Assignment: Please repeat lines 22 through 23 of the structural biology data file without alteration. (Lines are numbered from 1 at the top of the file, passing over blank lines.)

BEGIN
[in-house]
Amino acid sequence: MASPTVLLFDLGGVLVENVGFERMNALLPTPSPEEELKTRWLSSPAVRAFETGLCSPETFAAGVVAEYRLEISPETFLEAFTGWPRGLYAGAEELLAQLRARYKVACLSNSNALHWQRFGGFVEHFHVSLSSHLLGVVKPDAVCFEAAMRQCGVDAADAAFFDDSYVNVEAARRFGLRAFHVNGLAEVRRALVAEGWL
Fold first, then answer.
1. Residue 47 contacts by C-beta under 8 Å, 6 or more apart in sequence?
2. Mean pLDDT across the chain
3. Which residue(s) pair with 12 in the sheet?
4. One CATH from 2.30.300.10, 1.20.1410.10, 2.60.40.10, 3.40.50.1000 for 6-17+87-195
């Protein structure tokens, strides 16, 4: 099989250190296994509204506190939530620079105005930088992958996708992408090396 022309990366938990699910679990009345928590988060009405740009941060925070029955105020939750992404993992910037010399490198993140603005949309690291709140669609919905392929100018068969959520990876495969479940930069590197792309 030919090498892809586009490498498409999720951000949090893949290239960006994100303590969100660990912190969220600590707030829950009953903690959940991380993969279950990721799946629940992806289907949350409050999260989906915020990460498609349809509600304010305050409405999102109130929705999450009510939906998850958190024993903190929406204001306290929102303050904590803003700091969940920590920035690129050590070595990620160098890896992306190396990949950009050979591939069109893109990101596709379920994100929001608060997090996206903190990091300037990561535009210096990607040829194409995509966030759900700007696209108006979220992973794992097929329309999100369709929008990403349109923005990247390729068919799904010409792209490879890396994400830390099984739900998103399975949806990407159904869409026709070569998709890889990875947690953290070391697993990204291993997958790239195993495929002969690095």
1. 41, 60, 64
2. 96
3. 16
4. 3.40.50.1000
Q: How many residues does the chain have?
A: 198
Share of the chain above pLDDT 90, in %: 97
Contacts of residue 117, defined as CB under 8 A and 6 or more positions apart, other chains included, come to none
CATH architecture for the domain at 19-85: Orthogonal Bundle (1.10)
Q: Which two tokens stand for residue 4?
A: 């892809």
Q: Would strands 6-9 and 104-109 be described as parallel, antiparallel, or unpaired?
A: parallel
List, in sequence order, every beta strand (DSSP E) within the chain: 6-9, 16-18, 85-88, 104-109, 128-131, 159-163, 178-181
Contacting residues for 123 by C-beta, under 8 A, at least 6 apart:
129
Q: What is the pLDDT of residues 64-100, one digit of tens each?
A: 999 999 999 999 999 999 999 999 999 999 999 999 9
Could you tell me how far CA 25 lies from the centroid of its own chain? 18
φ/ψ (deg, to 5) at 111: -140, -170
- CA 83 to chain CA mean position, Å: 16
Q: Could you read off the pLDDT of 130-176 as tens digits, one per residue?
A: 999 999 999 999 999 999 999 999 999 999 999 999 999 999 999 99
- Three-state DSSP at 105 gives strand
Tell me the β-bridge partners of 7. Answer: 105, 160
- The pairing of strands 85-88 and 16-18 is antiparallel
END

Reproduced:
List, in sequence order, every beta strand (DSSP E) within the chain: 6-9, 16-18, 85-88, 104-109, 128-131, 159-163, 178-181
Contacting residues for 123 by C-beta, under 8 A, at least 6 apart: